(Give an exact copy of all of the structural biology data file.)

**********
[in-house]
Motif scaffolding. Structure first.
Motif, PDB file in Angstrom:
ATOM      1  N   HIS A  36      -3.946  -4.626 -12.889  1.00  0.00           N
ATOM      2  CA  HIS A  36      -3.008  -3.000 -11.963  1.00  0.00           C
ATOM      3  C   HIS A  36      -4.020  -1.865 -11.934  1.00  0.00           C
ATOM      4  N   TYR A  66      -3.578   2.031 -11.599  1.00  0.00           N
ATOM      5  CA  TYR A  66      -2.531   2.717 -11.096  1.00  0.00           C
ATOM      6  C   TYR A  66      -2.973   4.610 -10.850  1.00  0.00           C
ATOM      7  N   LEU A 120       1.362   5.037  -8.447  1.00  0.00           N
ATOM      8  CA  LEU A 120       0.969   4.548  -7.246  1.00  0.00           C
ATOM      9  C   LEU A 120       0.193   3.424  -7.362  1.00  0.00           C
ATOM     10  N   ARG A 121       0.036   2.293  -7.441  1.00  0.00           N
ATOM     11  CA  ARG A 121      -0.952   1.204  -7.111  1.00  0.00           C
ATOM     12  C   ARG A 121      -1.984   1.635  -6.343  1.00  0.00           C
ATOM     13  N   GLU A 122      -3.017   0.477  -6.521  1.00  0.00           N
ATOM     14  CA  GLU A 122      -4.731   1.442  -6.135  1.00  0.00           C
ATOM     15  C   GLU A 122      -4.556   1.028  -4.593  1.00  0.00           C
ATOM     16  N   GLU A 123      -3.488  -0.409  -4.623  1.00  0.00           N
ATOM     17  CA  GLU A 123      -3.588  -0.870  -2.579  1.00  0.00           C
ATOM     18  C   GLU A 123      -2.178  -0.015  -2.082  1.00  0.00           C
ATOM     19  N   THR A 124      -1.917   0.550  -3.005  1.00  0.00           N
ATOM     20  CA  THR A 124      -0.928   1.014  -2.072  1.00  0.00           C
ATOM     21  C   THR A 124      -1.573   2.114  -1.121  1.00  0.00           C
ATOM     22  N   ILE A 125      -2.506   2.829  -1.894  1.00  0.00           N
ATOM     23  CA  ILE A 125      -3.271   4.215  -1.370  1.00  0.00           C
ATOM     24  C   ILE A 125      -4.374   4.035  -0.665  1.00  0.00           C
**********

[in-house]
Motif scaffolding. Structure first.
Motif, PDB file in Angstrom:
ATOM      1  N   HIS A  36      -3.946  -4.626 -12.889  1.00  0.00           N
ATOM      2  CA  HIS A  36      -3.008  -3.000 -11.963  1.00  0.00           C
ATOM      3  C   HIS A  36      -4.020  -1.865 -11.934  1.00  0.00           C
ATOM      4  N   TYR A  66      -3.578   2.031 -11.599  1.00  0.00           N
ATOM      5  CA  TYR A  66      -2.531   2.717 -11.096  1.00  0.00           C
ATOM      6  C   TYR A  66      -2.973   4.610 -10.850  1.00  0.00           C
ATOM      7  N   LEU A 120       1.362   5.037  -8.447  1.00  0.00           N
ATOM      8  CA  LEU A 120       0.969   4.548  -7.246  1.00  0.00           C
ATOM      9  C   LEU A 120       0.193   3.424  -7.362  1.00  0.00           C
ATOM     10  N   ARG A 121       0.036   2.293  -7.441  1.00  0.00           N
ATOM     11  CA  ARG A 121      -0.952   1.204  -7.111  1.00  0.00           C
ATOM     12  C   ARG A 121      -1.984   1.635  -6.343  1.00  0.00           C
ATOM     13  N   GLU A 122      -3.017   0.477  -6.521  1.00  0.00           N
ATOM     14  CA  GLU A 122      -4.731   1.442  -6.135  1.00  0.00           C
ATOM     15  C   GLU A 122      -4.556   1.028  -4.593  1.00  0.00           C
ATOM     16  N   GLU A 123      -3.488  -0.409  -4.623  1.00  0.00           N
ATOM     17  CA  GLU A 123      -3.588  -0.870  -2.579  1.00  0.00           C
ATOM     18  C   GLU A 123      -2.178  -0.015  -2.082  1.00  0.00           C
ATOM     19  N   THR A 124      -1.917   0.550  -3.005  1.00  0.00           N
ATOM     20  CA  THR A 124      -0.928   1.014  -2.072  1.00  0.00           C
ATOM     21  C   THR A 124      -1.573   2.114  -1.121  1.00  0.00           C
ATOM     22  N   ILE A 125      -2.506   2.829  -1.894  1.00  0.00           N
ATOM     23  CA  ILE A 125      -3.271   4.215  -1.370  1.00  0.00           C
ATOM     24  C   ILE A 125      -4.374   4.035  -0.665  1.00  0.00           C